Investors see an attractive precedent in Treasury’s decision to sell the government stake in AIG and return the insurer to shareholders. Indeed, former Treasury official Jim Millstein, who oversaw the AIG restructuring, wrote a 63-page white paper two years ago that called on the government to end dividend payments and allow Fannie and Freddie to recapitalize. Once that is achieved, he called for the government to convert its preferred shares to common shares to be sold off over time. Plus, Treasury could exercise its warrants to buy 79.9 percent of shares in each of the GSEs at a nominal price. All told, Treasury would then own 85 percent of the two GSEs, a stake Millstein values at $150 billion. He also proposed setting up a new U.S. agency, the Federal Mortgage Insurance Corp., to reinsure mortgages to be securitized by a privatized Fannie and Freddie. This idea is now incorporated in legislation sponsored by Senators Bob Corker (R-Tenn.) and Mark Warner (D-Va.).

Neither the lawsuits nor the lobbying is likely to influence the policy debate on Capitol Hill, Mills believes. From his talks with members of Congress, he expects Congress to be inclined “to get something done that doesn’t allow for speculative bets to be paid.”

The AIG precedent may be “an interesting story” but it is not entirely persuasive, he argues. “Before the financial crisis, AIG didn’t have much political baggage, while Fannie and Freddie are the two corporations with perhaps the most political baggage in the entire history of United States government for publicly traded companies.” There’s yet another political obstacle. Washington has to figure out the shape of future housing policy before dealing with the two mortgage companies. “That makes it completely different from AIG,” says Mills.

The political weakness of Fannie Mae and Freddie Mac is a startling reversal of fortune, of course. They were once so powerful that they could reward friends, punish foes and shut down congressional debates over reform. Their former sway now works against them. “It’s even more of a reason not to return them to their former political selves,” says Mills. Moreover, he adds, some of the fiercest critics of the GSEs in their heyday are now in positions of power, such as Rep. Scott Garrett (R-N.J.), chairman of the House Subcommittee on Capital Markets and Government-Sponsored Enterprises.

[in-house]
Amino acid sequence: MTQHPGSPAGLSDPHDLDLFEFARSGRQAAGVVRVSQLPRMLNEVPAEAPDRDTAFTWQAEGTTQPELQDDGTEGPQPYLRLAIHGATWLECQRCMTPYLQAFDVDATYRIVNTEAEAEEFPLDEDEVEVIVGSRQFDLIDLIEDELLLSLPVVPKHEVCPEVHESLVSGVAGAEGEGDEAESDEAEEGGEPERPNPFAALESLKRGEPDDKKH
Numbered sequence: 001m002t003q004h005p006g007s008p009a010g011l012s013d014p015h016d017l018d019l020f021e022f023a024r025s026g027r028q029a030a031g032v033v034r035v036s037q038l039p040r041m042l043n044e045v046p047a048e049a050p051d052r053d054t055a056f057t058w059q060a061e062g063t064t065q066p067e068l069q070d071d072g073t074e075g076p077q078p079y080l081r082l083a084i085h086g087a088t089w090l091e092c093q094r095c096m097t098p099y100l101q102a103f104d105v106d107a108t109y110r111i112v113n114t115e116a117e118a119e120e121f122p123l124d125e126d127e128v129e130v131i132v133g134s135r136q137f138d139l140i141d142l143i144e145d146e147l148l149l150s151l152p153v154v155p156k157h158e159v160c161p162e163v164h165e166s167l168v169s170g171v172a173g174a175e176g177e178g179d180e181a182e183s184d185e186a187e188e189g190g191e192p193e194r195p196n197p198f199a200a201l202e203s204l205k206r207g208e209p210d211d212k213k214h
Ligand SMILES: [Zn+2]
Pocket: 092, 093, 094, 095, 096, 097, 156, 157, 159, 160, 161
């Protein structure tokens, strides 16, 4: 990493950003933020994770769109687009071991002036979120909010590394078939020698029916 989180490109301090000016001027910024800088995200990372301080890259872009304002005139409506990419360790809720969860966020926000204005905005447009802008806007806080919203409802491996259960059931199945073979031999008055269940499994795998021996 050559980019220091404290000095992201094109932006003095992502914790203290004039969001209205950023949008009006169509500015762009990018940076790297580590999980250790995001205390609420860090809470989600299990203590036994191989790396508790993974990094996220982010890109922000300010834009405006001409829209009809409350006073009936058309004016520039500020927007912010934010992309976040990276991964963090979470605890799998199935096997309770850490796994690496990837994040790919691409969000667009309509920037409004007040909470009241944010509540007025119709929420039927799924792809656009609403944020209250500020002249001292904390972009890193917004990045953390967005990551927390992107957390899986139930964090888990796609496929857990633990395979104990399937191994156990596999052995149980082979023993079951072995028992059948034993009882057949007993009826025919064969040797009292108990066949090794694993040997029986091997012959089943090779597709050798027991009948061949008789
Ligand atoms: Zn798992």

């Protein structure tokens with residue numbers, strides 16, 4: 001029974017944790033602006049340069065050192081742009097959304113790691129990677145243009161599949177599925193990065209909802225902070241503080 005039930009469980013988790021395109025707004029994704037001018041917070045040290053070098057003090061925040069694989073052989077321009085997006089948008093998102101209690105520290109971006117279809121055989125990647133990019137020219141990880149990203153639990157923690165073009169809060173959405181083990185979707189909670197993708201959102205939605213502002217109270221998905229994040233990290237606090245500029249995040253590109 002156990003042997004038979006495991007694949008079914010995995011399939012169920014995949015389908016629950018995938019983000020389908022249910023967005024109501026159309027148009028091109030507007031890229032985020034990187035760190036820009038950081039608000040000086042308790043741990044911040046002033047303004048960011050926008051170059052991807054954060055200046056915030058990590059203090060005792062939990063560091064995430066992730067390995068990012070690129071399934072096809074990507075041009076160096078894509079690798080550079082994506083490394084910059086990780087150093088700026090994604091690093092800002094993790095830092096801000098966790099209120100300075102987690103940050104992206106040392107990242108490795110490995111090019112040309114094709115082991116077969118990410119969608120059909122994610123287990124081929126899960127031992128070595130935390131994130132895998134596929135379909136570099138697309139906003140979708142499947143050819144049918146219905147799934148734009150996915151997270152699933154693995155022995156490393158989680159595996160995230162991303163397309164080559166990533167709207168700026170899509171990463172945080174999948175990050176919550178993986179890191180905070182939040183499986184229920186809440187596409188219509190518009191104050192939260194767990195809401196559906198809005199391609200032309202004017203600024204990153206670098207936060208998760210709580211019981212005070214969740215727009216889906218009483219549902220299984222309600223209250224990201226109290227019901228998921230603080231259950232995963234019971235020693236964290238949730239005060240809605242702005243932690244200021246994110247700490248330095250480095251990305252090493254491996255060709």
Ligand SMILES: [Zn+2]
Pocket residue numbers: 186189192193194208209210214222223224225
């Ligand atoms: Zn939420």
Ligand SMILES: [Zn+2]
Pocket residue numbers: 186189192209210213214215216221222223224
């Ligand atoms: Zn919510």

Despite the daunting odds, there is a scenario in which “the path of least resistance” may favor investors if no GSE reform bill emerges from Congress, says Mills. “Then, because the GSEs have been profitable and we have come out of the housing crisis, the government decides it would like to monetize its stake in senior preferreds or get some value on the warrants for the common stock it took.” Under this scenario, the government might move to recapitalize the two companies, require better underwriting and allow them to re-establish themselves as publicly traded companies outside of conservatorship. “Then we all move on with our lives, because they figure that doing anything through a GSE reform bill is just too hard,” Mills says.

In the end, should Congress pass GSE reform legislation that winds down Fannie Mae and Freddie Mac, it is not clear whether shares of common and junior preferred will become essentially worthless. The junior preferreds are more likely than the common to retain residual value, according to Mills. “It will depend on how Congress does GSE reform, what decisions are made about legacy systems and the legacy books of business,” as well as whether or not there is a change in the senior preferred stock purchase agreement that allows the GSEs to start paying off the principal they owe the government.

“There are plenty of wild cards here,” he adds. “But from a policy perspective, I just see things stacked up against this trade.”

Read more about asset management.